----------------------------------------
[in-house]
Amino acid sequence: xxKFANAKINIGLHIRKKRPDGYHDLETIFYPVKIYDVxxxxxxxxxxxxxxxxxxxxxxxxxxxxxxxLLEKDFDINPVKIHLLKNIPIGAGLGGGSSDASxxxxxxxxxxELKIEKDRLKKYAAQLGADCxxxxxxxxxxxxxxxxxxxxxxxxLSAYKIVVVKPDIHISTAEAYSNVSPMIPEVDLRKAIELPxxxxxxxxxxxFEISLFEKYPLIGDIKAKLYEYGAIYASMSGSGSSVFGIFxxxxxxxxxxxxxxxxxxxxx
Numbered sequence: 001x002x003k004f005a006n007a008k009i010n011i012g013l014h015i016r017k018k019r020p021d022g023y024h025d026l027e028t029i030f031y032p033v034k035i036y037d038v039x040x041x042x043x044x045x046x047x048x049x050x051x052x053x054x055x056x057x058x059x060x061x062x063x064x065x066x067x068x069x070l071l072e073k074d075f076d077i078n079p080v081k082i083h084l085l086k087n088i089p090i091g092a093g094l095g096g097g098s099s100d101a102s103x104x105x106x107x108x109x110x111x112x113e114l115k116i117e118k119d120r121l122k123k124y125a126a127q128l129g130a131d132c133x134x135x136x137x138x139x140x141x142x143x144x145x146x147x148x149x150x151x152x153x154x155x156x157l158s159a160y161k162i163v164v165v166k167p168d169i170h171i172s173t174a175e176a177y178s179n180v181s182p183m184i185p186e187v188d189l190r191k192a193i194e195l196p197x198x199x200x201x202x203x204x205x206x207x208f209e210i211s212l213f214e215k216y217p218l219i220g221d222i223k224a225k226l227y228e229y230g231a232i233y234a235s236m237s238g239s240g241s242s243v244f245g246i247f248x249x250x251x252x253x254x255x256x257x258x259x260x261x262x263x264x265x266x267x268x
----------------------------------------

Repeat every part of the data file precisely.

[in-house]
Amino acid sequence: xxKFANAKINIGLHIRKKRPDGYHDLETIFYPVKIYDVxxxxxxxxxxxxxxxxxxxxxxxxxxxxxxxLLEKDFDINPVKIHLLKNIPIGAGLGGGSSDASxxxxxxxxxxELKIEKDRLKKYAAQLGADCxxxxxxxxxxxxxxxxxxxxxxxxLSAYKIVVVKPDIHISTAEAYSNVSPMIPEVDLRKAIELPxxxxxxxxxxxFEISLFEKYPLIGDIKAKLYEYGAIYASMSGSGSSVFGIFxxxxxxxxxxxxxxxxxxxxx
Numbered sequence: 001x002x003k004f005a006n007a008k009i010n011i012g013l014h015i016r017k018k019r020p021d022g023y024h025d026l027e028t029i030f031y032p033v034k035i036y037d038v039x040x041x042x043x044x045x046x047x048x049x050x051x052x053x054x055x056x057x058x059x060x061x062x063x064x065x066x067x068x069x070l071l072e073k074d075f076d077i078n079p080v081k082i083h084l085l086k087n088i089p090i091g092a093g094l095g096g097g098s099s100d101a102s103x104x105x106x107x108x109x110x111x112x113e114l115k116i117e118k119d120r121l122k123k124y125a126a127q128l129g130a131d132c133x134x135x136x137x138x139x140x141x142x143x144x145x146x147x148x149x150x151x152x153x154x155x156x157l158s159a160y161k162i163v164v165v166k167p168d169i170h171i172s173t174a175e176a177y178s179n180v181s182p183m184i185p186e187v188d189l190r191k192a193i194e195l196p197x198x199x200x201x202x203x204x205x206x207x208f209e210i211s212l213f214e215k216y217p218l219i220g221d222i223k224a225k226l227y228e229y230g231a232i233y234a235s236m237s238g239s240g241s242s243v244f245g246i247f248x249x250x251x252x253x254x255x256x257x258x259x260x261x262x263x264x265x266x267x268x